Sunday, February 26, 2012

When Does Cute Become Scary?

Every a group called Freedom Festival gathers 5,000 to 6,000 elementary school students at the BYU stadium in Provo where they stand in the formation of the US flag and sing patriotic songs.

I admit. It is kind of cute.

The video claims that this is the biggest youth rally of its type in the US ... which is amazing when you consider that Utah is a sparsely populated state in a desert.

A lot of work and training goes into this production where people sing songs of freedom while dressed in uniform and engaging in group think. It is a paradoxical experience. People engaged in this type of overwhelming group process develop a mantality where they try to push out the people who do not belong in the group. (This group project is but one of many that go on in the Beehive state where everyone who is part of the state religion is kept busy as bees by the state's religion.

The next video shows the same demographic group at a college game. People in spectator sports these days wear the same uniform and try to make really loud noises. There are people who coordinate and record the noise to judge crowd reaction.

This group think is not just a Conservative Utah thing. Who can forget the rally in Madison in which public schools organized tens of thousands in support of the right of a small unelected group of union leaders to dictate its whims on the people. Again ... notice the singing songs of liberty to enforce group think.

For the last several months, Occupy Wall Street has been trying to build this group think paradigm into a full life style where people actually live 24/7 in compounds that occupy city parks.

I admit, I am more into individual discovery and personal advancement. I am uncomfortable with group rallies on both left and right. I love ideas and people actively engaged in thinking.

When I am confronted with a problem, I like to think about it and discuss solutions. For the last several years, I've been trying to argue that our health care woes are the result of group funding of individual consumption and that a better form of reform is to create a funding mechanism built around the individual. This is the goal of the Medical Savings and Loan.

What I've discovered in Utah is the people weened on group think (both left and right) are adamantly opposed to talking about the health of individuals. They are not responding to the freedom songs, but the power of the group.

The conservatives raised on the group think of the freedom festival simply say: You are not part of our group and slam the door the second they realize that I am talking about substantive liberty.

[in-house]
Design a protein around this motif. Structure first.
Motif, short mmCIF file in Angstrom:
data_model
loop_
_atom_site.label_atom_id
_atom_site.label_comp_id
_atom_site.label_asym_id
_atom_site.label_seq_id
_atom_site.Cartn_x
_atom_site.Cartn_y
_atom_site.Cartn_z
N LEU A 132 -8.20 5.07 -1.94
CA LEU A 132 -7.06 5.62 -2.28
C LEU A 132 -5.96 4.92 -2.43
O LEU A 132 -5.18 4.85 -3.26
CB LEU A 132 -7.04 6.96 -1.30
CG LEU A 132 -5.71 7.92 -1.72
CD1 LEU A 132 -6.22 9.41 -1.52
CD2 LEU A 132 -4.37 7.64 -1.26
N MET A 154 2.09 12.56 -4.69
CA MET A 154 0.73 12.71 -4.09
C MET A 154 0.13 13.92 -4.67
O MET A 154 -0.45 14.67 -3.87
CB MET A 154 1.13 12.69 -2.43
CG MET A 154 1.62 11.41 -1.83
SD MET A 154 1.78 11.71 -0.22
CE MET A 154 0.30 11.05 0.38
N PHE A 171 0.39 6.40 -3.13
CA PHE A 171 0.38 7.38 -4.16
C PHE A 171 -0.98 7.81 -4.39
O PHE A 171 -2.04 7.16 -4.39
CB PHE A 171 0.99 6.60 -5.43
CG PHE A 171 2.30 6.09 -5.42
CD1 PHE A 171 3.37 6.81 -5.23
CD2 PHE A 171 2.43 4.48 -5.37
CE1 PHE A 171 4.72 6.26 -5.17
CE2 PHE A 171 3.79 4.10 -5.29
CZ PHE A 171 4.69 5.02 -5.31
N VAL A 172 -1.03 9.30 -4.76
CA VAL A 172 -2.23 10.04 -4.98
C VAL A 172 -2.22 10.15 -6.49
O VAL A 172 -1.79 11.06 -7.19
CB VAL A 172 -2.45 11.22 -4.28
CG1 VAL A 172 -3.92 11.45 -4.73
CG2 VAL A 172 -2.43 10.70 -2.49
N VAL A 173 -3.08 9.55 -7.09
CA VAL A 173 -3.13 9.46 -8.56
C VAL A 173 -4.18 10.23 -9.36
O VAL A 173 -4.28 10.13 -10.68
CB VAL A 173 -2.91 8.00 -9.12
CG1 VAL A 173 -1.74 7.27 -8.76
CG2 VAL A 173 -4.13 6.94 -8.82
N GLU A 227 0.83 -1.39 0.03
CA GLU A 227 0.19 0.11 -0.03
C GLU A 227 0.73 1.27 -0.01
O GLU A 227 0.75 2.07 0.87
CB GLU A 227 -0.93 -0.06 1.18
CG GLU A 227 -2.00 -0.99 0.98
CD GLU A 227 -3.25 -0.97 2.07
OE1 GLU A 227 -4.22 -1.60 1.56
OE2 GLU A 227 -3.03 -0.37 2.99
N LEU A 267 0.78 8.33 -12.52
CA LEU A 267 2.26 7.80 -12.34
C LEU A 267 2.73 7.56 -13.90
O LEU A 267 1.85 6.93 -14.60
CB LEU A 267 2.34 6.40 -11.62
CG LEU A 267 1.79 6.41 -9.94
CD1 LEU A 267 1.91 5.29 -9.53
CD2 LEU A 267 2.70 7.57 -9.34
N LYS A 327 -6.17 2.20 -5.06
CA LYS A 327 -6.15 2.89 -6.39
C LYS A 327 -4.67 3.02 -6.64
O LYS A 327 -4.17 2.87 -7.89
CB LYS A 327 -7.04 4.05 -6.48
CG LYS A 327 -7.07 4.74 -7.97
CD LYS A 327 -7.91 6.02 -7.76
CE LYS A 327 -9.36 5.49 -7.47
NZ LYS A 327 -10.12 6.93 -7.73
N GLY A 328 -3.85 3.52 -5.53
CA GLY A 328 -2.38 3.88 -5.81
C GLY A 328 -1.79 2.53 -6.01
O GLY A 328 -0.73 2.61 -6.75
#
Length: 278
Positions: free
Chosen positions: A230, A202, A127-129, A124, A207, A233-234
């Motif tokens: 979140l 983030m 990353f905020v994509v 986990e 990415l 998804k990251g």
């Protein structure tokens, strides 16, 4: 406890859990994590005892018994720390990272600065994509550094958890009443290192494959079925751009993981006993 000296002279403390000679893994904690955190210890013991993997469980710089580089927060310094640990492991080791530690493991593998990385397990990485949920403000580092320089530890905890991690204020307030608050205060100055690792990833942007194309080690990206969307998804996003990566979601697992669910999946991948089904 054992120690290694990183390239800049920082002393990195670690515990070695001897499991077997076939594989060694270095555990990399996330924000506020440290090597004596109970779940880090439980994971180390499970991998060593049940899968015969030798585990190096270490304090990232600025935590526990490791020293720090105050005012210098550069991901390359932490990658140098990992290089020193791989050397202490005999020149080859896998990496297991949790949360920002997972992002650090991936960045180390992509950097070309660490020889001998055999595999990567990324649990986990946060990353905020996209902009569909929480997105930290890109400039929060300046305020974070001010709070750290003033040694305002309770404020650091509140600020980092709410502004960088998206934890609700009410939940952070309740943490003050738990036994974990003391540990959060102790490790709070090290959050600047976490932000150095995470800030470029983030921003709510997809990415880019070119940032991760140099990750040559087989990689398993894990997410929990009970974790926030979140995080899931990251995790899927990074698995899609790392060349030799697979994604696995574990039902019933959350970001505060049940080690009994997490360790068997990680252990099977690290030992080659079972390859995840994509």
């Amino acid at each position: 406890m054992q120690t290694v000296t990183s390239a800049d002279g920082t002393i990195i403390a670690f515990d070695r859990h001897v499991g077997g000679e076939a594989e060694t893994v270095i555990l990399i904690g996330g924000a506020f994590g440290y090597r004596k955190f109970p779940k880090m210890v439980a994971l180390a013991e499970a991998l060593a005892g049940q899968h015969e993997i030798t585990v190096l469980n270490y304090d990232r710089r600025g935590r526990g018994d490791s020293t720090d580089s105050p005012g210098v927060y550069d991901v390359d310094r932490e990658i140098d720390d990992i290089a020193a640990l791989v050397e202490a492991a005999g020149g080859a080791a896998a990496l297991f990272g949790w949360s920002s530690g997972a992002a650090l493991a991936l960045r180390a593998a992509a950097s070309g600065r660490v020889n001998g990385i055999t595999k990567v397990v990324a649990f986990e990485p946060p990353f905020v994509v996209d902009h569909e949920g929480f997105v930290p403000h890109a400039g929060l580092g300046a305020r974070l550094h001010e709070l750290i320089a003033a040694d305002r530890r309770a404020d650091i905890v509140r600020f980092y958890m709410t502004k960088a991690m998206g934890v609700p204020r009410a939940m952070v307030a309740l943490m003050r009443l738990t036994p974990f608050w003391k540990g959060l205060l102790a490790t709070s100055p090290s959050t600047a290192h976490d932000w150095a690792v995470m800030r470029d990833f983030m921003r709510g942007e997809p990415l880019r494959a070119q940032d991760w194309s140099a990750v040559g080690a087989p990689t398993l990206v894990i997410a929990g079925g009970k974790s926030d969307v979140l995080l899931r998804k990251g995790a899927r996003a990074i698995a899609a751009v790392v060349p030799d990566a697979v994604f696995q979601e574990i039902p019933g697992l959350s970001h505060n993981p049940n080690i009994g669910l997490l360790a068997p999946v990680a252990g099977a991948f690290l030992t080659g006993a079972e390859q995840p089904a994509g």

The left is even more irate when I opine that individuals (and not their precious unelected bureaucrats) should have control of their own body.

The classical liberal ideals of freedom really start with Jesus's sermon on the mount (Do unto others as you would have done unto yourself) and Aristotle's distaste of absolutes and the reflexive paradox.

A free society cannot allow people the right to deny others their freedom. This concept extends to groups. This game of forming groups to lock out the people they don't like undermines the freedom in the society.

When I look at the Conservative/Progressive split, I simply see two political camps playing the same game of using freedom rhetoric in their attempts to take control of the group.

The progressive/conservative dialectics which has dominated American politics throughout my life is not advancing the cause of freedom. It is has all been about which political party captures control of the group that will suppress the people.

So far, the 2012 election has not been about restoring health freedom. It has been about which group will control the socialized group health pool. ObamaCare wants the group controlled by progressives at the Federal level. RomneyCare wants socialized controls returned to the state level and no one is willing to talk about returning control of health to the individual.

For one last video ... let's go to the birthplace of Democracy and see how the modern Greeks do group think:

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